Peter Scholze and Perfectoid Spaces: A math genius among us.


, , ,

I’m reading with great interest biographic notes and work of Peter Scholze who at the age of 30 is one of the youngest Fields Medal Award Laureates. He has already won most of the top awards in Mathematics.

He currently is a Max Planck Institute for Mathematics director and a Hausdorff Chair at the University of Bonn. Super impressive!

Scholze’s key innovation is a class of fractal structures that he calls perfectoid spaces (2011 PhD thesis) which has far-reaching ramifications in the field of Arithmetic Geometry.

To help others learn about his awesome research work, the following links were indexed in the Math Bios ( miner. (2011 PhD thesis).

A miner on its own class and focused on perfectoid spaces is more than meritorious, I believe. Don’t you think so?

PS. Here is an introductory note by Jared Weinstein on perfectoid spaces:

And here is a discussion:

I decided to go ahead and build the perfectoid spaces miner.




Cosine Similarity Tutorial (citations)

Cosine similarity is one of those basic resemblance measures with many practical applications, and relevant to many research problems.

However, its meaning in the context of uncorrelated and orthogonal variables, as its connection with the non-additivity nature of correlation coefficients are often overlooked.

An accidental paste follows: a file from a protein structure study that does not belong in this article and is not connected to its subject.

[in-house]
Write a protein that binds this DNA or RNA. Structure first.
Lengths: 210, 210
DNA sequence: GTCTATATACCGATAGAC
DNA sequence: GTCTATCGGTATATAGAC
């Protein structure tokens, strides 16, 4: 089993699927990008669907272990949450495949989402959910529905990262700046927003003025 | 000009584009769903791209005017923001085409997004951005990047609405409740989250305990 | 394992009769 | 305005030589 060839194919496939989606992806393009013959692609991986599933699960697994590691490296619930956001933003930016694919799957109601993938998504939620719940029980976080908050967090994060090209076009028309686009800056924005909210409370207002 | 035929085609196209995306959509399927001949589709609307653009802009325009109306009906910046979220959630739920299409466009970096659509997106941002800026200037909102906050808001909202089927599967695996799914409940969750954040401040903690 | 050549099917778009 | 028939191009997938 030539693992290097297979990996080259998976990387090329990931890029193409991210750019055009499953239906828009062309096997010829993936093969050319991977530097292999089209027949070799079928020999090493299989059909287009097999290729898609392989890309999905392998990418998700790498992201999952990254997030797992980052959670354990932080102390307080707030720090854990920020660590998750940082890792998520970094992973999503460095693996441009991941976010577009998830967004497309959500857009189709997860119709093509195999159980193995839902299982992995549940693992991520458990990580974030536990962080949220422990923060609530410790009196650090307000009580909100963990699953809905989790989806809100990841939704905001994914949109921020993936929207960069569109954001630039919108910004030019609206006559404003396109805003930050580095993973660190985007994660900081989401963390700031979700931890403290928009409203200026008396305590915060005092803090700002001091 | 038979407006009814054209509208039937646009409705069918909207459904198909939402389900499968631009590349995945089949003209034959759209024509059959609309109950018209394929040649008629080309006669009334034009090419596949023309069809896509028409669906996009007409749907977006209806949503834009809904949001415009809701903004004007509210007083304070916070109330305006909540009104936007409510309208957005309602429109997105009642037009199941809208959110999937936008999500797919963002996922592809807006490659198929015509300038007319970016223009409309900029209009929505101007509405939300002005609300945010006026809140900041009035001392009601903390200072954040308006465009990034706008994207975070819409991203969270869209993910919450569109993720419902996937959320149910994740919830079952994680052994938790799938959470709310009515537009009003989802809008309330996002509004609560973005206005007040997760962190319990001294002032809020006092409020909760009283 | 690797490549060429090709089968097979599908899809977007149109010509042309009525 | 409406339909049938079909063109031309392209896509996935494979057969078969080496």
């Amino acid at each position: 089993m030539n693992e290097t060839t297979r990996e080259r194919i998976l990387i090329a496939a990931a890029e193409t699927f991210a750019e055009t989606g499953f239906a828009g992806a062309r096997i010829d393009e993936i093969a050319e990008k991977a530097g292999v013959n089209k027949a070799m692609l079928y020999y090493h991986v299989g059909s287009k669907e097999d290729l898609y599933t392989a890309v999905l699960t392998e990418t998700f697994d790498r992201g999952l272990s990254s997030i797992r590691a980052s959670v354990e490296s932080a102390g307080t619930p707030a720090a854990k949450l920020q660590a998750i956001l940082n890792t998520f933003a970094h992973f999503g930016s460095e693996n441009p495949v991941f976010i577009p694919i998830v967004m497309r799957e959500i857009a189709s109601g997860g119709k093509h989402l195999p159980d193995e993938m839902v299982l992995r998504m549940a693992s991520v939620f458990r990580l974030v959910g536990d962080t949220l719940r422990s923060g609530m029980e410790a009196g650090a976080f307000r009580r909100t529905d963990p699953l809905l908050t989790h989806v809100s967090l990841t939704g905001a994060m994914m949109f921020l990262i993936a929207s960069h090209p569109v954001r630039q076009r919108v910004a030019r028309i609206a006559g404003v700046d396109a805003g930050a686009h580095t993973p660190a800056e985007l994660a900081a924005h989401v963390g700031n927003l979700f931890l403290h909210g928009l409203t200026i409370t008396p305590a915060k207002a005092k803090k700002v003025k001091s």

Happy to see the research papers below are still citing Minerazzi’s Cosine Similarity Tutorial, revamped a few years ago.

Continuous Real-Time Vehicle Driver Authentication Using Convolutional Neural Network Based Face Recognition.


Factors Contributing to Elevated Concentrations of Mercury and PCBs in Fish in the Inland Lakes of Michigan’s Upper Peninsula and Lake Superior.

Plagiarism Detection Tool for AMHARIC Text.

Extract reordering rules of sentence structure using neuro-fuzzy machine learning system.

Verification of upper Citarum River discharge prediction using climate forecast system version 2 (CFSv2) output.

Building Machine Learning System with Deep Neural Network for Text Processing.

Deep neural based name entity recognizer and classifier for English language.

Machine translation using deep learning: An overview.

An Analytical Method for Probabilistic Modeling of the Steady-State Behavior of Secondary Residential System

Big data analytic untuk pembuatan rekomendasi koleksi film personal menggunakan Mlib. Apache Spark.

Use of Data Warehousing to Analyze Customer Complaint Data of CFPB of USA.

On Fractals and Ancient Art Work Part 2


, , ,

Fractals and Ancient Art Work Part 2. The fractals below resemble ancient art work and were generated with the Chaos Game Explorer tool by playing the game 100,000 times using a polygon with n vertices and a scaling ratio r.

Showing below are:

(a) a calendar-like pattern with faces watching you (n = 13, r = 0.30)
(b) a mandala-like pattern (n = 20, r = 0.30)
(c) a collar-like (or plate-like) pattern (n = 40, r = 0.20).


Pixels were color coded in white. Multi-coloring the pixels reveals these simply are the result of partially overlapping a given pattern across many scales.

Again: Did ancient cultures know about this way of generating art work? Feel free to try the tool with other parameter values, compare results by searching in Google Images for the resembled image, and share results.

Let me know if you find something interesting. I’m documenting results.